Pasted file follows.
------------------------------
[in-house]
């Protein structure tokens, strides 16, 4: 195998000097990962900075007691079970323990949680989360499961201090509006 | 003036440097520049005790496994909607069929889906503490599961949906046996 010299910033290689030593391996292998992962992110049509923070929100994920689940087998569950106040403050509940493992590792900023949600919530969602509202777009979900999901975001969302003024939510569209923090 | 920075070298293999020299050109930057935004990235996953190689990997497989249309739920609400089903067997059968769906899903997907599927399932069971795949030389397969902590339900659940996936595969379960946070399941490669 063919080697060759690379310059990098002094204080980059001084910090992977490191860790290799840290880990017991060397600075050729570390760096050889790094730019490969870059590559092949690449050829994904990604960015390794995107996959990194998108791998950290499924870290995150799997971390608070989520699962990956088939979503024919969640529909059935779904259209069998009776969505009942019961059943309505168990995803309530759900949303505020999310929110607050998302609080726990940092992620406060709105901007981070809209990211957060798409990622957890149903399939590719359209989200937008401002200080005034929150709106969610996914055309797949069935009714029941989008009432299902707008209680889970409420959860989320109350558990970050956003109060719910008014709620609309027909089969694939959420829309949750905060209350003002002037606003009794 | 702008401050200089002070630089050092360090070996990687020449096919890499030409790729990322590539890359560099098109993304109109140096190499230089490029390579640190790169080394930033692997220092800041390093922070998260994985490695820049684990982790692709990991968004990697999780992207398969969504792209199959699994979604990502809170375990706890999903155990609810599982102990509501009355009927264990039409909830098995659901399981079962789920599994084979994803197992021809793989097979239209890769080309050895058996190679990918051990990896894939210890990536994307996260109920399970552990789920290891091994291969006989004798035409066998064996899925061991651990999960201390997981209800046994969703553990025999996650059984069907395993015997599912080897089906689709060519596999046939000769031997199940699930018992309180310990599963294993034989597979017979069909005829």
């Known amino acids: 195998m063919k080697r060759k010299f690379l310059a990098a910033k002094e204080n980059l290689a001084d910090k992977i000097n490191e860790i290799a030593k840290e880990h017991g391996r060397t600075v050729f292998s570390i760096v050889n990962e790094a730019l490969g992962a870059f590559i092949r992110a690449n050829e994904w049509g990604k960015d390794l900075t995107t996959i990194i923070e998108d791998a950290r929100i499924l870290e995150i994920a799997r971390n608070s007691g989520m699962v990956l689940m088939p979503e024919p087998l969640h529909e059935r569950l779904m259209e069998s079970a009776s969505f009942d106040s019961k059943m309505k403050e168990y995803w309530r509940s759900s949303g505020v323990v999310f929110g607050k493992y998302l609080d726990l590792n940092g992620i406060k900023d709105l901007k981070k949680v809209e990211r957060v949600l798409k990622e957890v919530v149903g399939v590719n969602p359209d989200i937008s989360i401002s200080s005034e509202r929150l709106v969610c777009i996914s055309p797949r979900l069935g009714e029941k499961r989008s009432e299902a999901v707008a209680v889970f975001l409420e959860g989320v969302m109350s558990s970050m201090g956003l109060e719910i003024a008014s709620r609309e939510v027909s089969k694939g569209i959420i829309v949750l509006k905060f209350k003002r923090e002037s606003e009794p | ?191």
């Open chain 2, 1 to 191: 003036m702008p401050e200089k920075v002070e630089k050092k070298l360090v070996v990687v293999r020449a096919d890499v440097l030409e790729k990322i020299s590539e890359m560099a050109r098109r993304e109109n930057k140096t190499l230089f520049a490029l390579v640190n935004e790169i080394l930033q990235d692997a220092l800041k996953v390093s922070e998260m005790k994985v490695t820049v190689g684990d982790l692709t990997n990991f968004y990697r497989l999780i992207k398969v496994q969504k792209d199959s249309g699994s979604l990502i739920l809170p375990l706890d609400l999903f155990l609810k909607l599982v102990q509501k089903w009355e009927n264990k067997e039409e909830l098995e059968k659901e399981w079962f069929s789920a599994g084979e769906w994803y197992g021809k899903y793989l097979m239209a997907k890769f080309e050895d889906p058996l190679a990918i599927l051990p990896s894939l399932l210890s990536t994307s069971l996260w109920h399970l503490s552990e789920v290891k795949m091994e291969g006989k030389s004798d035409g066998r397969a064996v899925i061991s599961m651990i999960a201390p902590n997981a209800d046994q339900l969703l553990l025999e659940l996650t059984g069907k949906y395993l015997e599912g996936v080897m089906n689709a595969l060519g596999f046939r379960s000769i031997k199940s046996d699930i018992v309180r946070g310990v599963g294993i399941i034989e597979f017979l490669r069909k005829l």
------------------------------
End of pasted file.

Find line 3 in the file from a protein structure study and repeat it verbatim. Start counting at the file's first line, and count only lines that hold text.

């Known amino acids: 195998m063919k080697r060759k010299f690379l310059a990098a910033k002094e204080n980059l290689a001084d910090k992977i000097n490191e860790i290799a030593k840290e880990h017991g391996r060397t600075v050729f292998s570390i760096v050889n990962e790094a730019l490969g992962a870059f590559i092949r992110a690449n050829e994904w049509g990604k960015d390794l900075t995107t996959i990194i923070e998108d791998a950290r929100i499924l870290e995150i994920a799997r971390n608070s007691g989520m699962v990956l689940m088939p979503e024919p087998l969640h529909e059935r569950l779904m259209e069998s079970a009776s969505f009942d106040s019961k059943m309505k403050e168990y995803w309530r509940s759900s949303g505020v323990v999310f929110g607050k493992y998302l609080d726990l590792n940092g992620i406060k900023d709105l901007k981070k949680v809209e990211r957060v949600l798409k990622e957890v919530v149903g399939v590719n969602p359209d989200i937008s989360i401002s200080s005034e509202r929150l709106v969610c777009i996914s055309p797949r979900l069935g009714e029941k499961r989008s009432e299902a999901v707008a209680v889970f975001l409420e959860g989320v969302m109350s558990s970050m201090g956003l109060e719910i003024a008014s709620r609309e939510v027909s089969k694939g569209i959420i829309v949750l509006k905060f209350k003002r923090e002037s606003e009794p | ?191």